Admittedly, this is a larger problem than the film itself can address. It has been a long time since a surrealist film was so completely subversive that it panicked governments. The days of Luis Buñuel and Jean Cocteau are long gone, and the indie/'art house' climate of the late twentieth century is conducive to a certain level of cleverness and challenge, but within the established limits of a self-satisfied new orthodoxy of apathy and assimilation. Along with American Beauty, Fight Club, and Rushmore, Being John Malkovich is a contemporary surrealist film, in that its polemical force has been dissipated by postmodernism. Lacking the sense of political commitment which defines a truly subversive work of art, it is difficult for such films to be much more than a means of asking some pointed questions which become submerged in an excess of meaning. Though multiple references abound, sub-themes kick in all over the place, in-jokes run riot, and the filmmaker and the audience can enjoy plenty of coy chuckles, the main thrust of the film is relatively narrow. Despite some hysterical shouting matches between the three primary leads which question the status of modern masculinity, bourgeois society itself remains relatively untouched (and untouchable). Despite a coda which implies the the reins of power are still in the hands of an unworthy upper crust, it is more likely to promote smug smiles than a desire for rebellion.

There is much to admire nonetheless, and the film does keep you glued to the screen at least during its initial stages. Cusack is excellent in the lead, and does a remarkable job of creating and sustaining a character who is unlikable but sympathetic (like the leads in American Beauty, Fight Club, and Rushmore). Diaz is also impressive (and almost unrecognisable for a few minutes), and Keener radiates a kind of Linda Fiorentino-like femme fatale vibe which the script has fun playing with. John Malkovich himself turns up fairly frequently, and one must presume enjoyed people literally challenging his sense of self. Of course the frequent references to his status as one of America's most important contemporary actors must have played a part in his accepting the job. It is entertaining to watch these actors ply their craft, and there are a number of genuine laughs in the script. Whether or not this adds up to a great work of cinema is another question.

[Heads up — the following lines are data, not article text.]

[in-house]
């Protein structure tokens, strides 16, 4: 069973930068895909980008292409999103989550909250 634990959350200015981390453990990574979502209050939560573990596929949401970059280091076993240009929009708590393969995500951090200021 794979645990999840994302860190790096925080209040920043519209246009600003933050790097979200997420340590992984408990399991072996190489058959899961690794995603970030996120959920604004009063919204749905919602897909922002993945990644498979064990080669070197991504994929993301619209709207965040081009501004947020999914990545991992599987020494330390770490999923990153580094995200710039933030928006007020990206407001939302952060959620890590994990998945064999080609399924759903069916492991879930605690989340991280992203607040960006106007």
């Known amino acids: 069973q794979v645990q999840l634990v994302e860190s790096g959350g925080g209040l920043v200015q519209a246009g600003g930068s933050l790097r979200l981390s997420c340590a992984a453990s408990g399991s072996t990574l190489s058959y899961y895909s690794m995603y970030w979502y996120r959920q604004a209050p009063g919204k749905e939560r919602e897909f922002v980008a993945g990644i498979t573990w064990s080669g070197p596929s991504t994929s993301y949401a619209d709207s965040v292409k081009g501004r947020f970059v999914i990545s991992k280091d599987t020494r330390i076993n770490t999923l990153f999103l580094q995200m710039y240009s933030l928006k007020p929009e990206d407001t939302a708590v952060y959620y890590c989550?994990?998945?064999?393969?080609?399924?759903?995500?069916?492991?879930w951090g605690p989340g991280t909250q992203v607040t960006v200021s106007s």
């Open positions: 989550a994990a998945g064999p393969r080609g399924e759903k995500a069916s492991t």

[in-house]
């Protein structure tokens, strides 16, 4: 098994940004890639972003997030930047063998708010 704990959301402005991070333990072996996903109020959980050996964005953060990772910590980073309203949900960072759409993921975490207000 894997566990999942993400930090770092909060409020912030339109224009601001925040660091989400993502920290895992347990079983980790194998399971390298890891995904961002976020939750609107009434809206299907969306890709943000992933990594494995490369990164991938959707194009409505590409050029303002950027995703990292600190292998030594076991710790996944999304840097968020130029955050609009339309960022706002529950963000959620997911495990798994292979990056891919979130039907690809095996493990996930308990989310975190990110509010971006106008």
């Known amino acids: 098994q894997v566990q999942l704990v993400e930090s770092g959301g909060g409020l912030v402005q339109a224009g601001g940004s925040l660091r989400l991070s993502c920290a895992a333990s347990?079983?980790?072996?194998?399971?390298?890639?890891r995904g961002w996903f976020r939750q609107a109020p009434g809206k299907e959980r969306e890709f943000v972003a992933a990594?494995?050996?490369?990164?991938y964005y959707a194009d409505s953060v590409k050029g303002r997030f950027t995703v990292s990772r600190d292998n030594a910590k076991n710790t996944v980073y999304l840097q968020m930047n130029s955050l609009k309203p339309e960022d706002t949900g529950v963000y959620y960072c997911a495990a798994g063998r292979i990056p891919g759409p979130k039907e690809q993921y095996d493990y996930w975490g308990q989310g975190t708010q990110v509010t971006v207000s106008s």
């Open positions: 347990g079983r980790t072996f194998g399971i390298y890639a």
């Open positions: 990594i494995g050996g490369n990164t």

Most people will either find the film very entertaining or very baffling. The former will probably not hear a word spoken against it, the latter might find a second viewing will untangle many of its knots (L'Age d'Or it is not). The movie is enjoyable, and there are some moments when it hits all the right notes. It is not entirely consistent in this however, and this is disappointing. Still, sometimes half a loaf is better than none, and it has the merit of being the most genuinely imaginative of the 1999 American surrealist films, if not the one with the most impact (Fight Club), class (American Beauty), or the most beguiling (Rushmore). Worth a look, if not to all tastes.

Review by Harvey O'Brien PhD. copyright 2000.